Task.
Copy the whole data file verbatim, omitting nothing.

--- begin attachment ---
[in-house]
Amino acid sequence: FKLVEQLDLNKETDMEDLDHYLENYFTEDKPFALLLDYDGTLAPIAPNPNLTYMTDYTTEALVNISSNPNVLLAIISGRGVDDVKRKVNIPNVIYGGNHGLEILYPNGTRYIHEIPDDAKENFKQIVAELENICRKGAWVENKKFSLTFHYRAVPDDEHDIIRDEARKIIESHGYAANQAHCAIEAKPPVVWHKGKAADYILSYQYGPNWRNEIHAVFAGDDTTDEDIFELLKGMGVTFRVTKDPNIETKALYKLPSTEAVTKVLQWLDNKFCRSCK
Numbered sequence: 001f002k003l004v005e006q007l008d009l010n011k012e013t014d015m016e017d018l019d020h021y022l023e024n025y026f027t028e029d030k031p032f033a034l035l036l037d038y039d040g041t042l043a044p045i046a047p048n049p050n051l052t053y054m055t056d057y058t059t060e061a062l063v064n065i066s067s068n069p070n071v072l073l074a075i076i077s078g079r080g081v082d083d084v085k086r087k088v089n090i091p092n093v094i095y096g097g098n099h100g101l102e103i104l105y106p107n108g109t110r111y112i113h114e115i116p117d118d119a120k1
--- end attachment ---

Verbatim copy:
[in-house]
Amino acid sequence: FKLVEQLDLNKETDMEDLDHYLENYFTEDKPFALLLDYDGTLAPIAPNPNLTYMTDYTTEALVNISSNPNVLLAIISGRGVDDVKRKVNIPNVIYGGNHGLEILYPNGTRYIHEIPDDAKENFKQIVAELENICRKGAWVENKKFSLTFHYRAVPDDEHDIIRDEARKIIESHGYAANQAHCAIEAKPPVVWHKGKAADYILSYQYGPNWRNEIHAVFAGDDTTDEDIFELLKGMGVTFRVTKDPNIETKALYKLPSTEAVTKVLQWLDNKFCRSCK
Numbered sequence: 001f002k003l004v005e006q007l008d009l010n011k012e013t014d015m016e017d018l019d020h021y022l023e024n025y026f027t028e029d030k031p032f033a034l035l036l037d038y039d040g041t042l043a044p045i046a047p048n049p050n051l052t053y054m055t056d057y058t059t060e061a062l063v064n065i066s067s068n069p070n071v072l073l074a075i076i077s078g079r080g081v082d083d084v085k086r087k088v089n090i091p092n093v094i095y096g097g098n099h100g101l102e103i104l105y106p107n108g109t110r111y112i113h114e115i116p117d118d119a120k1